8. In one week last October, Karen Dunn, partner at the DC law firm Boies, Schiller, and Flexner, scored a huge win in court for tech giant Oracle, traveled with Hillary Clinton to prep her for the first primary debate, and accompanied Clinton aide Huma Abedin to testify before the House Benghazi committee—all while eight months pregnant with her third child...

9. Gina Adams, is a skillful, power Lobbyist. Lobbyists have to be "someone people like and will listen to," says Debra Lee, CEO of BET and president of the Alvin Ailey board. "Adams has that ability to develop great relationships with people on the Hill." In fact, Adams's impact stretches beyond DC... 

10. Lisa Monaco's job is to manage our country's response to everything that keeps you up at night: the Islamic State, mass shootings, Ebola, natural disasters. With a to-do list like that, it's no surprise Monaco, 48, is one of the first people into the White House every day and one of the last to leave at night...

READ MORE Rachael Combe Elle Magazine

T & T's LAMB (movie bloggers association) Score: 4 outta 5
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About This Blog

is about discovering what I find pleasing in screening & eating - in case you missed it, the name is a play on Tinseltown using the Tines of a Fork.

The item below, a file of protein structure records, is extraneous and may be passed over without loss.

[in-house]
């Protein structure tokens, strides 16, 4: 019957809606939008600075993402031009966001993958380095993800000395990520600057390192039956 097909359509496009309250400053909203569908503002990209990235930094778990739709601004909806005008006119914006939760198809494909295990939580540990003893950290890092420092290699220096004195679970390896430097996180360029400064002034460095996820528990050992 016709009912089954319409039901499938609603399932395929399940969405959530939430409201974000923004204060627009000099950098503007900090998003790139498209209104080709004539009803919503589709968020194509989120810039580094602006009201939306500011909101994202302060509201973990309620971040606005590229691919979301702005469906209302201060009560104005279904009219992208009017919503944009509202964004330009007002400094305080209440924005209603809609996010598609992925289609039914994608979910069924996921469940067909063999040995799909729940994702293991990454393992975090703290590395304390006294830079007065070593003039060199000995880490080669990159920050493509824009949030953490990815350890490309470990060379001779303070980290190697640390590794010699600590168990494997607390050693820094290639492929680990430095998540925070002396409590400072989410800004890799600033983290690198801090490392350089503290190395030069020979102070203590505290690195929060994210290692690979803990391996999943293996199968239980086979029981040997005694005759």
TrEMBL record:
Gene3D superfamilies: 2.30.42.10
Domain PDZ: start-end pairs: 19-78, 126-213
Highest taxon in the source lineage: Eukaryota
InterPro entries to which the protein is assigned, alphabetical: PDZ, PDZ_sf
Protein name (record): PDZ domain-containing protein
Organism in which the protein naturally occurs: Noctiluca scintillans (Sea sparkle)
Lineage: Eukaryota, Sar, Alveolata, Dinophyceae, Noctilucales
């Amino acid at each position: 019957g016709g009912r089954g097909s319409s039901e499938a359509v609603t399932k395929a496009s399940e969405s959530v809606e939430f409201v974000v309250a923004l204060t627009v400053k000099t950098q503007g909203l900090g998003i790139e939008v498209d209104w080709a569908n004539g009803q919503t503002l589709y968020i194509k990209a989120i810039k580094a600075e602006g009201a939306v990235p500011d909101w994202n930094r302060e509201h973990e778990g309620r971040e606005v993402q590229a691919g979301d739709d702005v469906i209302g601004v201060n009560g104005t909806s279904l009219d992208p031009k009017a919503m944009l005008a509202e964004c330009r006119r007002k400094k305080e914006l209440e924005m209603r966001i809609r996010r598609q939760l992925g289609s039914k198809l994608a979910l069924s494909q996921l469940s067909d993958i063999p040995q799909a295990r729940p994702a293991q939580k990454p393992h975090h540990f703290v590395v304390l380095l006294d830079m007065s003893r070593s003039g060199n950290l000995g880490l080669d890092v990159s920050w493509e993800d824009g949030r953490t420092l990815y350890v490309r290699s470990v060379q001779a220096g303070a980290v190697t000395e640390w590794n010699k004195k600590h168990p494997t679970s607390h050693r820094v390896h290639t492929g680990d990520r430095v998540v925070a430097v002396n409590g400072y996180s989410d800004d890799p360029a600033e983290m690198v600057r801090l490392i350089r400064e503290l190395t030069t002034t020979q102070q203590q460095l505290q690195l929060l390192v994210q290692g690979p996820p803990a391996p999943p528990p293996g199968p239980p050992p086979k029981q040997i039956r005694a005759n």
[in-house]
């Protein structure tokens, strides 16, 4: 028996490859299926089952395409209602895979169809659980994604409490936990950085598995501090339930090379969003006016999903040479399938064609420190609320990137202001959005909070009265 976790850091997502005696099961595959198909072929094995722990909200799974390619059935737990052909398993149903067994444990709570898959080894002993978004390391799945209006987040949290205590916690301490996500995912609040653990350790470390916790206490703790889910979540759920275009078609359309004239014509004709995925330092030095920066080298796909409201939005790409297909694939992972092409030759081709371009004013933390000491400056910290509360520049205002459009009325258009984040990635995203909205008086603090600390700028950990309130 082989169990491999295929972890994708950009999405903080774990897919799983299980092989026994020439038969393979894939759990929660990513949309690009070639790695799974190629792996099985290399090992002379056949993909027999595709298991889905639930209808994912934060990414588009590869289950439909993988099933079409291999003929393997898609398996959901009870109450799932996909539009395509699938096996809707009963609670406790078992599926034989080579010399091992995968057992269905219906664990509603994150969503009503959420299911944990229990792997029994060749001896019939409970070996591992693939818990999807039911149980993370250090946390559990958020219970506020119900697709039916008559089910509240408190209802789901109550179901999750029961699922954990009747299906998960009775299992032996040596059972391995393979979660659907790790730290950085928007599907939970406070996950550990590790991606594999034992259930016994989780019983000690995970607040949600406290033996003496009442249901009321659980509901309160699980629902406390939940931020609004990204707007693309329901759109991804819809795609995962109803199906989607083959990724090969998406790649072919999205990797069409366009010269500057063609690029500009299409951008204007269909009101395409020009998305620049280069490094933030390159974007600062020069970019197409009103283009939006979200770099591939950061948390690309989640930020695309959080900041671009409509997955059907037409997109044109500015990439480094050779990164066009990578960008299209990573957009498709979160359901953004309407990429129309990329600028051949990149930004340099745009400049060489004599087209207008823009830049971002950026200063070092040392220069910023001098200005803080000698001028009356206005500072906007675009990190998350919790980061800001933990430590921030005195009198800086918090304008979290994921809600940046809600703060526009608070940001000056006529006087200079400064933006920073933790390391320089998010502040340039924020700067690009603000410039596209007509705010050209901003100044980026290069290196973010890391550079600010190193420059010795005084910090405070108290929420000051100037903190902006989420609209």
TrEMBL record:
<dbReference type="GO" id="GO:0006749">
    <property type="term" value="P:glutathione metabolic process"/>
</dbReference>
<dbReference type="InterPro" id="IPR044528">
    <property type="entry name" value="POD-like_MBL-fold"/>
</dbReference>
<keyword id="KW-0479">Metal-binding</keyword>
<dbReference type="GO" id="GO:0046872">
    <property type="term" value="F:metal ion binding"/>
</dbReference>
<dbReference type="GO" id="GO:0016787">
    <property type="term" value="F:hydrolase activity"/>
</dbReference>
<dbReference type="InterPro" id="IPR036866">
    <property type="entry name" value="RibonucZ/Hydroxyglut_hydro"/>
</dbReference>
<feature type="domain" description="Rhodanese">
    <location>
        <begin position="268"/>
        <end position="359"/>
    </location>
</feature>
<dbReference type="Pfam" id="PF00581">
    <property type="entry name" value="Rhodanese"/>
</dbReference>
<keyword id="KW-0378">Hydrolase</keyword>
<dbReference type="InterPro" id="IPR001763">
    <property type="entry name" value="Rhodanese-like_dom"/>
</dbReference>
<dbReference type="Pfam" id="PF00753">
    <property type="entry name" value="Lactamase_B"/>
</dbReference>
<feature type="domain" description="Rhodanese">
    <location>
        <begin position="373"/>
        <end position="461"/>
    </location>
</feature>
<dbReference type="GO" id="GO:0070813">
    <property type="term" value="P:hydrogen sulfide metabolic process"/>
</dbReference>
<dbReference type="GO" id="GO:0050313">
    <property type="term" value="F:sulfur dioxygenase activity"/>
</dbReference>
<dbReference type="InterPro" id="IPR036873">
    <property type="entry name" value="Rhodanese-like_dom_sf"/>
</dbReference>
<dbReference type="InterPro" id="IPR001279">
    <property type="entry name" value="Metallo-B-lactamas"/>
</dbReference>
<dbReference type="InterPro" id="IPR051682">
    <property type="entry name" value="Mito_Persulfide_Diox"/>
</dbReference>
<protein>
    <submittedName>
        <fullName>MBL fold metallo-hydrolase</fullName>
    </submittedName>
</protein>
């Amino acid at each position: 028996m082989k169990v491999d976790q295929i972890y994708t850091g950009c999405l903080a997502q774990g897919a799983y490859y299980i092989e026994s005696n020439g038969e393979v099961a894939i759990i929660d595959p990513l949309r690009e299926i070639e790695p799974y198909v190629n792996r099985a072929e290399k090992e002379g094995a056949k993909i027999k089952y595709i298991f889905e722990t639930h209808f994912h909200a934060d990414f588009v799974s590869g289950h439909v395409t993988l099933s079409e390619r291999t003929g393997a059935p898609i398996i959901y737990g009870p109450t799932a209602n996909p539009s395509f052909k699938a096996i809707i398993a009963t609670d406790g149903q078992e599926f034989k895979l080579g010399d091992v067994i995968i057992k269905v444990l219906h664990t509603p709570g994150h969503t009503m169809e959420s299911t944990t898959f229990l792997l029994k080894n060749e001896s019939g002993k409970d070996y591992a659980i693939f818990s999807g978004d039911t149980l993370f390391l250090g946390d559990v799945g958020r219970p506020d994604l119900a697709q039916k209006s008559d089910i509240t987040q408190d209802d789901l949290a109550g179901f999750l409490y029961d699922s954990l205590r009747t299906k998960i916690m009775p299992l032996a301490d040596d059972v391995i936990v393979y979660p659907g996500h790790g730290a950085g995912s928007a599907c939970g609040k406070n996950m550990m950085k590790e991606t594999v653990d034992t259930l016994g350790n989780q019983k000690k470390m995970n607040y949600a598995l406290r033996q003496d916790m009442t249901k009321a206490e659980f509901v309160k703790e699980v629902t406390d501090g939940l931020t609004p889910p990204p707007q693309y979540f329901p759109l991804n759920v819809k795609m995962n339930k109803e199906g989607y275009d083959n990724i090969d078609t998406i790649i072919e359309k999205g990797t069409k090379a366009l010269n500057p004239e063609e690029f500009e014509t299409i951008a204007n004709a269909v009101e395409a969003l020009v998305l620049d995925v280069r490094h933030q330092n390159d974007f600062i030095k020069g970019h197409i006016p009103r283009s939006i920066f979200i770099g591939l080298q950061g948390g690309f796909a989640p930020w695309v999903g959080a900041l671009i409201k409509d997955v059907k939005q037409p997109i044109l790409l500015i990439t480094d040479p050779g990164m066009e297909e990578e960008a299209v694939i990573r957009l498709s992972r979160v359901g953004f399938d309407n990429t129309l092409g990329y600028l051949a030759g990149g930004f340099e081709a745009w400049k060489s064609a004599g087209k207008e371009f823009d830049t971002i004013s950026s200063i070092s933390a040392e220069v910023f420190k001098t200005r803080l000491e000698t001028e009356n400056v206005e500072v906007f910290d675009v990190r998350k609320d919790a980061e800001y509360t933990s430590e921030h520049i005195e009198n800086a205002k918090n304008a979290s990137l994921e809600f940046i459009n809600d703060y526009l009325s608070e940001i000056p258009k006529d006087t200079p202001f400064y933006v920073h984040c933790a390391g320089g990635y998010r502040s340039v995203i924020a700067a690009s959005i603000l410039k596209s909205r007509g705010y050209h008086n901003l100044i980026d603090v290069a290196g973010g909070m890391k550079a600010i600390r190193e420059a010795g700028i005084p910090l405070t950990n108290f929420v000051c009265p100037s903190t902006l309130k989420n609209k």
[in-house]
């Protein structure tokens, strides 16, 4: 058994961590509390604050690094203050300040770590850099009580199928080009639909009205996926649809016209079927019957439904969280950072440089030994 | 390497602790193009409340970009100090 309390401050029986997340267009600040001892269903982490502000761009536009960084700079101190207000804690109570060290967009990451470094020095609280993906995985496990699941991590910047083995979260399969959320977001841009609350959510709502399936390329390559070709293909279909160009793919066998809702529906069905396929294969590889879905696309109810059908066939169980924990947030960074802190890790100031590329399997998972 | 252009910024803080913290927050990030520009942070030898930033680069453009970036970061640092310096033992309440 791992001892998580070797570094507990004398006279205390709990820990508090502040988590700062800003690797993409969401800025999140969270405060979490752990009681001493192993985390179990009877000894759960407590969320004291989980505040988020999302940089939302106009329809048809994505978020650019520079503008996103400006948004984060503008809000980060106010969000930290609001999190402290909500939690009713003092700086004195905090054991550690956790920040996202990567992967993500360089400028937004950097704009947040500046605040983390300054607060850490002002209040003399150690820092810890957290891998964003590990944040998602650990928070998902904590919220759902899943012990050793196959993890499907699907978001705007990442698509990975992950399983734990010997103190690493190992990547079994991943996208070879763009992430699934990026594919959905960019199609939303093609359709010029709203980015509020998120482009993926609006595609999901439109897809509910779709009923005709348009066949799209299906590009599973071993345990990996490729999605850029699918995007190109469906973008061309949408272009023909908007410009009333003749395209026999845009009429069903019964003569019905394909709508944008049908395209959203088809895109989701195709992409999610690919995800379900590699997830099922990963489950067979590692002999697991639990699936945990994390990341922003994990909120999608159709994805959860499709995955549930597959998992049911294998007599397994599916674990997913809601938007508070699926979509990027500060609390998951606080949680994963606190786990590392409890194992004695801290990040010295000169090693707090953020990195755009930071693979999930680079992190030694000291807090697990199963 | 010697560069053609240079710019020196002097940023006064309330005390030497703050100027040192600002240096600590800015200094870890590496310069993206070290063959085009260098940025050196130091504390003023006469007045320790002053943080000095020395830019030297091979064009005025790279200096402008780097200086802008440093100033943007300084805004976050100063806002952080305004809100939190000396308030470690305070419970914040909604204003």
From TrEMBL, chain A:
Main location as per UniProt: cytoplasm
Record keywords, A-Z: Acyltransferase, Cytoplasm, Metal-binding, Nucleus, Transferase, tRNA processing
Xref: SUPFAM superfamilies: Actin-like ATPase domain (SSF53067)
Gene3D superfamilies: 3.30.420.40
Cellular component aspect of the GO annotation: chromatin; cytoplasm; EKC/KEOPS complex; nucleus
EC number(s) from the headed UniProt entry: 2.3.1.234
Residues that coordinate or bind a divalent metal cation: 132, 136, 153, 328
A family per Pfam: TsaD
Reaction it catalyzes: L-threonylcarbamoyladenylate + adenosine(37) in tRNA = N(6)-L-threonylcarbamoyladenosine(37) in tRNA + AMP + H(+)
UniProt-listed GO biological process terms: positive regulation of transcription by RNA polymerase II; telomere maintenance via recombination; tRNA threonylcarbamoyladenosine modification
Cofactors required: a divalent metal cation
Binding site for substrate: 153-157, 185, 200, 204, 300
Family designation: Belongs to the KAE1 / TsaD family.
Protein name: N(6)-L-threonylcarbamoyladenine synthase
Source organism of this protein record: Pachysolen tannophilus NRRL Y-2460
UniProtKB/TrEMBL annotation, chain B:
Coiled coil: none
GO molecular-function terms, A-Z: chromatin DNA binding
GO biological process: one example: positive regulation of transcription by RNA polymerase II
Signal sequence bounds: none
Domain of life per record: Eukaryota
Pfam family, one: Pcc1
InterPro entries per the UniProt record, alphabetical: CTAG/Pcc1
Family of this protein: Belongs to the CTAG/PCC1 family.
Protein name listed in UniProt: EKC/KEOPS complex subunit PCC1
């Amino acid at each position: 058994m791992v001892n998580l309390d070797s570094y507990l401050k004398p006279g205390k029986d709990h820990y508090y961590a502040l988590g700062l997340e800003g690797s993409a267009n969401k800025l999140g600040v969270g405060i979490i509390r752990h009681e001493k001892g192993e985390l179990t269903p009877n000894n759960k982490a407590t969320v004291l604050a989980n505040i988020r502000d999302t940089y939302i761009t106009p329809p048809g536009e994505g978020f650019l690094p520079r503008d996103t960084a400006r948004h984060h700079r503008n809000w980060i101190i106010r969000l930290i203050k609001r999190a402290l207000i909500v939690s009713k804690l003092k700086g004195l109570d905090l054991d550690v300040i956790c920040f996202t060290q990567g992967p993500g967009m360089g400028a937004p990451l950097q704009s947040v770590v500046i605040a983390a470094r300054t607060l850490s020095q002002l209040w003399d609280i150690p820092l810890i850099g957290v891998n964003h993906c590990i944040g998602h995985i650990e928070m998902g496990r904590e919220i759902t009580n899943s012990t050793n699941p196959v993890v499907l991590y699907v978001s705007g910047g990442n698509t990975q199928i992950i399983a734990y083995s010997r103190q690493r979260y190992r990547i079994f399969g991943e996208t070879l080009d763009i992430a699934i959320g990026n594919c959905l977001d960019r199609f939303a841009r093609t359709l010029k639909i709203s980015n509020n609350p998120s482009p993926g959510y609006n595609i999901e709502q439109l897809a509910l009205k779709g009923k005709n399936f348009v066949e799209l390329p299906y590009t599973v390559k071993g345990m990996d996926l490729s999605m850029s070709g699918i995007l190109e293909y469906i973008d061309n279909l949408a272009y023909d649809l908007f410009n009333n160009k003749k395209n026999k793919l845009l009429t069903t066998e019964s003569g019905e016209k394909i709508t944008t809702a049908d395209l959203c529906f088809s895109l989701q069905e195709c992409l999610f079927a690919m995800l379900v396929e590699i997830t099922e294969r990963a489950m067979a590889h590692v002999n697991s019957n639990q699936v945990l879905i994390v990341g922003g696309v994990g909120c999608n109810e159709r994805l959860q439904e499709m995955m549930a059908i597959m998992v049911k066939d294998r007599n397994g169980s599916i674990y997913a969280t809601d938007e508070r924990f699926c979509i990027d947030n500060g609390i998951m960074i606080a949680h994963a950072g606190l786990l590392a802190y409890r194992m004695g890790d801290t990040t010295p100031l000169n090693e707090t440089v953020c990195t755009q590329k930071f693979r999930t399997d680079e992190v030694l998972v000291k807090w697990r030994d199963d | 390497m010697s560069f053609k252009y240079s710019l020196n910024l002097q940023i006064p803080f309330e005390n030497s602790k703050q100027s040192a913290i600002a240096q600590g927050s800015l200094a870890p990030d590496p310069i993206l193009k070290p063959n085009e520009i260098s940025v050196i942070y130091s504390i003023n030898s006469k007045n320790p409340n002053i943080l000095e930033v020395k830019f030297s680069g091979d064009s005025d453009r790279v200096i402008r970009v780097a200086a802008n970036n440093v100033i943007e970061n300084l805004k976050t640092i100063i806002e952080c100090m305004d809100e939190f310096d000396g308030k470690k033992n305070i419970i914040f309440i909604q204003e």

Feel free to send me info on a film or new restaurant you'd like me to highlight.

Will there ever be a cap on movie prices?

Will we one day pay $20 a pop?

Why don't we pay on a scale?

A crap movie like everything Adam Sandler has ever done should cost about $4.50.
Big action movies like"Lord of the Rings", "Iron Man," "Transformers" are worth $10.
Woody Allen movie or something like "Silver Linings Playbook" $6-$7.
A chick flick or light comedy $5.75 and most Indie Films $5.25.

You could even do it by seasons - all summer block busters from May to August - $10
Sept - November 15th $3.50 - $4
Back to $10 for Thanksgiving and Christmas etc...

Or you can do it by A Actors ($9 - $10), B Actors ($6 - $7) TV actors on the big screen ($3.50 - $4)

Surely I'm not the first person to realize this makes sense. Has it been voted on in the Motion Picture Industry and then vetoed? If so, why?